Remembrances of Steffen Graae
By Robert Bremner

On a rainy October 5, two hundred friends and associates filled St. Alban's Church here in Washington to say goodbye to Steffen Graae, one of our classmates who made a difference in this world. Steffan had congenital heart disease and died while awaiting a heart transplant.

Seated in the front of the church in their black robes were some fifty other D.C. Superior Court judges with whom Steffan served for twenty-two years. Steffan and Cynthia's only child, Jessica, now a professional singer, filled the church with haunting refrains from Bach and Brahms.

Steffen's boss, the Chief Justice of the Superior court, reminded us that Steffen had once ordered U.S. Attorney General Edwin Meese to appear at a hearing to determine if he should be held in contempt of court for sending prisoners in DC jails to distant prisons instead of to the work-release programs they were sentenced to by the DC court. The Justice Department relented.

David Gilmore told us that Steffen was the most courageous and most caring man he knew. Steffen had chosen Gilmore as trustee for the D.C. Housing Authority after Steffen, despite advice from all his judicial peers that he should not get involved, had taken over control of its disastrous affairs. Gilmore described Steffen's final hearing, after six years of intense trusteeship and a completely successful overhaul of the Authority, with Steffen sitting at the bench with tears streaming down his cheeks as dozens upon dozens of Housing Authority residents came forward to thank him for ridding their housing units of gangs and drugs and fixing up the buildings. The Housing Authority still stands as the only successful turnaround of a DC social service agency.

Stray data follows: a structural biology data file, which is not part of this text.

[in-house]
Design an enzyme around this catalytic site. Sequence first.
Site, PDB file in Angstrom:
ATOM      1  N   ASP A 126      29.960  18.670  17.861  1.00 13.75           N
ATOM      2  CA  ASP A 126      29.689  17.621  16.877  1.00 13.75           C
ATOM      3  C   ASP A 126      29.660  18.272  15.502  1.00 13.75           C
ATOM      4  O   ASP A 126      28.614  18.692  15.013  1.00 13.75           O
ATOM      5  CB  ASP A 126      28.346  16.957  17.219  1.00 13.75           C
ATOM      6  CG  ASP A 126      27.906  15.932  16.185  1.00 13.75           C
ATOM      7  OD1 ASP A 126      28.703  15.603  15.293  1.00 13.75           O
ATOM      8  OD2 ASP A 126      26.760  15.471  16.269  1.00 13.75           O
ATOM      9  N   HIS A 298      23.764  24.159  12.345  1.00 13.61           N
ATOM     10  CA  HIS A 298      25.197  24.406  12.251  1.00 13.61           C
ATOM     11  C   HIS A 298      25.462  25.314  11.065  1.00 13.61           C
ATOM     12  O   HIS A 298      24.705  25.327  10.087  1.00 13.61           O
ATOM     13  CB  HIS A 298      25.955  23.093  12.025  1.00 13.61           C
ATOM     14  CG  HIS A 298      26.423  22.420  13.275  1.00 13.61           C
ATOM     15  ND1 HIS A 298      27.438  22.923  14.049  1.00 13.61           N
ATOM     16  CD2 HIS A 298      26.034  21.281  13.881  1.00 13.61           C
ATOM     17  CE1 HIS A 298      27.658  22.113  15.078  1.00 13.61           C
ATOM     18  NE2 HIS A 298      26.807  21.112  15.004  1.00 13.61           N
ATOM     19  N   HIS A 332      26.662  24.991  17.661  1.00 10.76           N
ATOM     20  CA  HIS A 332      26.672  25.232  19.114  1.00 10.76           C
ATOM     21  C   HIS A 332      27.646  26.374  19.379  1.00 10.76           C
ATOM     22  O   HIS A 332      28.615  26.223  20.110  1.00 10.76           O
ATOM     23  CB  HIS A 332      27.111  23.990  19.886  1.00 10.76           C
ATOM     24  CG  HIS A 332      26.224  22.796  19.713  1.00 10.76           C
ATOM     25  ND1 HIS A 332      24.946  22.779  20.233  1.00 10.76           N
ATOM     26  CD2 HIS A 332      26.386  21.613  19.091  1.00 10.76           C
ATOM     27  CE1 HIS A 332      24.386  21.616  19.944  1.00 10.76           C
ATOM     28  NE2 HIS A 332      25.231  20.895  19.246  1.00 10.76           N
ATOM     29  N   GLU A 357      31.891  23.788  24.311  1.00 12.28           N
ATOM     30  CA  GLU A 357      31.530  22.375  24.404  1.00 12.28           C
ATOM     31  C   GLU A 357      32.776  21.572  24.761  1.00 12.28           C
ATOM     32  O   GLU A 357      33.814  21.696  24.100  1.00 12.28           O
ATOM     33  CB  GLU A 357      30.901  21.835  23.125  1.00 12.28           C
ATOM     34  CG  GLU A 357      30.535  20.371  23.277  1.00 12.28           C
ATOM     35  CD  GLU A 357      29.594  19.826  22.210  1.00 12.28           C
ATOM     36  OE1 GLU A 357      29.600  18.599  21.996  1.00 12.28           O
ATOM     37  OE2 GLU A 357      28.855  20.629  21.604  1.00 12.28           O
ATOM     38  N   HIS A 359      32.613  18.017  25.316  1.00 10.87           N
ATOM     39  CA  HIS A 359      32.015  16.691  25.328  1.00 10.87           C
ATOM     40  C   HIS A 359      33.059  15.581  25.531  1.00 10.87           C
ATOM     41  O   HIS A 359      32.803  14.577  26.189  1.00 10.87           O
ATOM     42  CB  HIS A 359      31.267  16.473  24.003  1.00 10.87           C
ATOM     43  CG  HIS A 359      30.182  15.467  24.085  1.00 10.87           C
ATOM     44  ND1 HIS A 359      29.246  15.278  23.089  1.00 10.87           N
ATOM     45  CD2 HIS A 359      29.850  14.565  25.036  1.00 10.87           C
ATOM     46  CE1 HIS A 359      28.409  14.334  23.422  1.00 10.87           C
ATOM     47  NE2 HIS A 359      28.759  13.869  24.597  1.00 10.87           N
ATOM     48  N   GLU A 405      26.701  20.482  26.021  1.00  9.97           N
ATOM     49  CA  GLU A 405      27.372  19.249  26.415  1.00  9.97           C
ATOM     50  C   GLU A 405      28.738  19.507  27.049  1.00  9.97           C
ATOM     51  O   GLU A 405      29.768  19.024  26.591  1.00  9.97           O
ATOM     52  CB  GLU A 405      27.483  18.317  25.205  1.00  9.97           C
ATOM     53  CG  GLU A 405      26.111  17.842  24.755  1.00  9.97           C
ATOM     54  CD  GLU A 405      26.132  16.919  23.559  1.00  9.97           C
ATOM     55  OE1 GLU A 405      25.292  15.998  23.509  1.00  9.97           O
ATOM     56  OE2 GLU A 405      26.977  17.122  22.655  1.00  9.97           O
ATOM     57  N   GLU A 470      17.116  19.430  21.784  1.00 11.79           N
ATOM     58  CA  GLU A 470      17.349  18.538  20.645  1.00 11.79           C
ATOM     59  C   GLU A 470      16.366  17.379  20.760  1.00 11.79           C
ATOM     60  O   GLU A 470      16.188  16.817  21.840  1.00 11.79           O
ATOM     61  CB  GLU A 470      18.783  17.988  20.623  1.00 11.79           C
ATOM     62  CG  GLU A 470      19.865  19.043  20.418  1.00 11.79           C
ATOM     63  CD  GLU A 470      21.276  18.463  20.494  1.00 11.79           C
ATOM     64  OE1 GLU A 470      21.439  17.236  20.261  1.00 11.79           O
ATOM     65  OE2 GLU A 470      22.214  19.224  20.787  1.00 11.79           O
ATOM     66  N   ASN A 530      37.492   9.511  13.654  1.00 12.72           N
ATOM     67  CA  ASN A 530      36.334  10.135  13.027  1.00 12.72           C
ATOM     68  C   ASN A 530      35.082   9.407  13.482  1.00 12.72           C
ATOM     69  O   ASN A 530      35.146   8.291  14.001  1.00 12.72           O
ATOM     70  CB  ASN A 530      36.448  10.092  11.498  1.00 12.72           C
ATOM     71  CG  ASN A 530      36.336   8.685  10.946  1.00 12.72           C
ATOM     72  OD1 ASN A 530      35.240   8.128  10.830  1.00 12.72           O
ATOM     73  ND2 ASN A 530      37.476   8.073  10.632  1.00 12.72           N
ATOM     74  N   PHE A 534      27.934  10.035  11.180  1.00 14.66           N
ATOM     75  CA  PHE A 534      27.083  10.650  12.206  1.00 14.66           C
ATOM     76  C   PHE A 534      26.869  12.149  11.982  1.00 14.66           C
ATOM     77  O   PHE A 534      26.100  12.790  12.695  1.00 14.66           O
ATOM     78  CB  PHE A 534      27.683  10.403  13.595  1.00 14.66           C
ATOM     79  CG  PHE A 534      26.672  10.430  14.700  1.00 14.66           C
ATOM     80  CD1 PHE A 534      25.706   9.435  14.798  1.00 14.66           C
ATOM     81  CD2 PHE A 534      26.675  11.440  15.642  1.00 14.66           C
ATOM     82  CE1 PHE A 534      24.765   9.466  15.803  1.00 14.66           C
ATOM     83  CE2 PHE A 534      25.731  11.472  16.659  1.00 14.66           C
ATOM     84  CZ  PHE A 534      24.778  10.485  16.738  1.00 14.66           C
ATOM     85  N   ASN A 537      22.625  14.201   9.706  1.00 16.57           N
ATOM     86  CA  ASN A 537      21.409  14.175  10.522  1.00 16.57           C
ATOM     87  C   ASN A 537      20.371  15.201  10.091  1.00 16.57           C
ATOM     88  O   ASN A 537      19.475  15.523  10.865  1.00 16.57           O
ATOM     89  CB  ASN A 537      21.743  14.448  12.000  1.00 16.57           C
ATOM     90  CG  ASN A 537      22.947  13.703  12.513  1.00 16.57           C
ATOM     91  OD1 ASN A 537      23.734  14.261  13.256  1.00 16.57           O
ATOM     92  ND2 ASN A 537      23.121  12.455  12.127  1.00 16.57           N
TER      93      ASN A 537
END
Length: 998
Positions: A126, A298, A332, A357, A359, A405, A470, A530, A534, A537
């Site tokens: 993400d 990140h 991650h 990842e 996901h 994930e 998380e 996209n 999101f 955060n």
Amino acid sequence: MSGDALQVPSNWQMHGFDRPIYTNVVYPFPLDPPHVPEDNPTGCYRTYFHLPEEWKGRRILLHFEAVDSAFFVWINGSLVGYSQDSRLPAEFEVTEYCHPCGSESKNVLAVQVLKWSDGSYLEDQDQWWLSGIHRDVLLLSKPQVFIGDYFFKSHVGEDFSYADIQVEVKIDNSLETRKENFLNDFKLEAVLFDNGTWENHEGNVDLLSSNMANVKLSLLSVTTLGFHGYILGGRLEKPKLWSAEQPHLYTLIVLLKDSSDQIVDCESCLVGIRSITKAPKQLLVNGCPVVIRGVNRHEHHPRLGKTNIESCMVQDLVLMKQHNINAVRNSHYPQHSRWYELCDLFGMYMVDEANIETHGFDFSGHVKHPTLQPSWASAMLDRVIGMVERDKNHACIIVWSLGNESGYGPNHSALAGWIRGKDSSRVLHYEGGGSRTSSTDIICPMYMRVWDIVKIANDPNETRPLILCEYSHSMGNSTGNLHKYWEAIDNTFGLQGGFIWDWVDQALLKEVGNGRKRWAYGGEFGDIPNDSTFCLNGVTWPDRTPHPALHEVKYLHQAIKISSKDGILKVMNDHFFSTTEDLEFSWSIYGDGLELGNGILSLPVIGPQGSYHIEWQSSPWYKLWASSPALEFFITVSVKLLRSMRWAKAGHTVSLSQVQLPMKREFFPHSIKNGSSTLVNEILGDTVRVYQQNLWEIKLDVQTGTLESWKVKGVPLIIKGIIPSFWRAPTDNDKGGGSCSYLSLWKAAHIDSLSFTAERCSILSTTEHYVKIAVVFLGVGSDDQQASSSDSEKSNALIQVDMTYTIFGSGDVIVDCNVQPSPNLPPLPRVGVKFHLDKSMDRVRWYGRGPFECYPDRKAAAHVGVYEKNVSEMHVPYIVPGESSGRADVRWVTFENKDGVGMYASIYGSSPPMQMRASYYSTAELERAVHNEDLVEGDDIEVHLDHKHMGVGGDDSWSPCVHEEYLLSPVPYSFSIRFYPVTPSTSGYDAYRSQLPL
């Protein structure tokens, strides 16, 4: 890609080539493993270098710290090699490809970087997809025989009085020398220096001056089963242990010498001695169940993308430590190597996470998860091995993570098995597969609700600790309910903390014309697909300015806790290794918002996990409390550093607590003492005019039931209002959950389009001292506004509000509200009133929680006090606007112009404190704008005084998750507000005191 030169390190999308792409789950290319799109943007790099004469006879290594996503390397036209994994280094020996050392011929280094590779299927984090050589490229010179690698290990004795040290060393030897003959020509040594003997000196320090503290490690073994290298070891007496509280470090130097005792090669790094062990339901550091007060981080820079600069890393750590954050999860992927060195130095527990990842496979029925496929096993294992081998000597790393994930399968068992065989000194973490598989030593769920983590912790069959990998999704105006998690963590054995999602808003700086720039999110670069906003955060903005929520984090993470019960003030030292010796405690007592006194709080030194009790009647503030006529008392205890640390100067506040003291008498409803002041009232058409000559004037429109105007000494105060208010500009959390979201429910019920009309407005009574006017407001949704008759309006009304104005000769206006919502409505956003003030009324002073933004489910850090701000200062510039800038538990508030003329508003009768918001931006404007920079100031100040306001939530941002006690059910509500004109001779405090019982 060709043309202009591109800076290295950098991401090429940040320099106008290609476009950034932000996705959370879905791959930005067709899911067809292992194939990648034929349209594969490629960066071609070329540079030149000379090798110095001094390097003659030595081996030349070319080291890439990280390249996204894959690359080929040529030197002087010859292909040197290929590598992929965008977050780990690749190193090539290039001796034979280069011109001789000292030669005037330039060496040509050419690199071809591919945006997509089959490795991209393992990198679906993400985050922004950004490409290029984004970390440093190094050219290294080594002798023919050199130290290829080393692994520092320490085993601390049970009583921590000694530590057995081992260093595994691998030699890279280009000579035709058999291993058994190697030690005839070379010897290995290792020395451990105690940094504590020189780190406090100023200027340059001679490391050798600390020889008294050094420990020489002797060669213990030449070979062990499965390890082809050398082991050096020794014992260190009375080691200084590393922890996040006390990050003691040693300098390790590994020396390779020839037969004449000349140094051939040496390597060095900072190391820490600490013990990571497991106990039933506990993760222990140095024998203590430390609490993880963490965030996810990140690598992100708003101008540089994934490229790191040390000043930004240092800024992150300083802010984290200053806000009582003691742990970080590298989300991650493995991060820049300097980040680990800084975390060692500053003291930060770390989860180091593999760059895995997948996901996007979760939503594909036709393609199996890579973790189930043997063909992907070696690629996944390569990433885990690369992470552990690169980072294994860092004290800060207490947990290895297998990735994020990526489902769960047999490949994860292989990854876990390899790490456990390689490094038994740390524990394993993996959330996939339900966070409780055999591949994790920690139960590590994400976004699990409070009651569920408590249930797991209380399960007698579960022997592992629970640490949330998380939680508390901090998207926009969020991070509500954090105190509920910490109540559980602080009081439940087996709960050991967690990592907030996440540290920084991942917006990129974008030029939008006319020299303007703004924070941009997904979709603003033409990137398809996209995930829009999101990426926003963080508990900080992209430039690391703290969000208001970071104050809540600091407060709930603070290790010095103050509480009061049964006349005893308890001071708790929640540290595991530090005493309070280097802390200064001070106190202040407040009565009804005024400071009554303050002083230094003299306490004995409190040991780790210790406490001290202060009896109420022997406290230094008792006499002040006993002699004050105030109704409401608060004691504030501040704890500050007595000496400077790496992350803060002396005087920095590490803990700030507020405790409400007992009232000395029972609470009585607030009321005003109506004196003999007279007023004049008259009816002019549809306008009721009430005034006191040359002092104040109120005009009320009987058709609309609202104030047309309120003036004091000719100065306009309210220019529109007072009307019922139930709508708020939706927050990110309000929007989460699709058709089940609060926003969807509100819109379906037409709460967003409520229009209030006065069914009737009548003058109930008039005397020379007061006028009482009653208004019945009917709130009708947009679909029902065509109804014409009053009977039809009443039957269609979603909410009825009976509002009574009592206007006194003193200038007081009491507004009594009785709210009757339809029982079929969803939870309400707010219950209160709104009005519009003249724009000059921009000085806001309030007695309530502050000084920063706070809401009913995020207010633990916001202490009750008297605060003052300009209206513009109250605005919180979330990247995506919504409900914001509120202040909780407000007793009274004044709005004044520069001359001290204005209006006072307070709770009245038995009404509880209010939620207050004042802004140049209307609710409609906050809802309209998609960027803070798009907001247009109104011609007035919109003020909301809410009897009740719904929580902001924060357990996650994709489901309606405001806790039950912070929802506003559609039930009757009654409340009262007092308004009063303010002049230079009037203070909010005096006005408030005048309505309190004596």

Some spoke of his influence on the court through the textbooks he authored and the clarity and brilliance of his opinions. Others spoke of his mischievous wit and interest in people. Our classmate Bill Wheeler reminded us that Steffen's father was a member of the Danish underground in World War II and had given Steffen a clear sense of right and wrong. Steffen's strength of principles and ethical humanism inspired many and was a recurring theme for many of the remembrances.

On a personal note, having talked to Steffen about his court experience, it is clear that the workloads were quite heavy and his urban juries could be problematic, yet he believed passionately in the jury system and took remarkable care to prepare and work with his juries.

In a nice coda to the service, there were copies of a thoughtful reminiscence by classmate Duncan Spencer of his experiences with Steffen on the Yale freshman and varsity crews and Steffen's career as a crew coach during a post-graduate stay at Oxford.

Our thoughts are with Cynthia, Jessica, and his family. The world is a lesser place without him.

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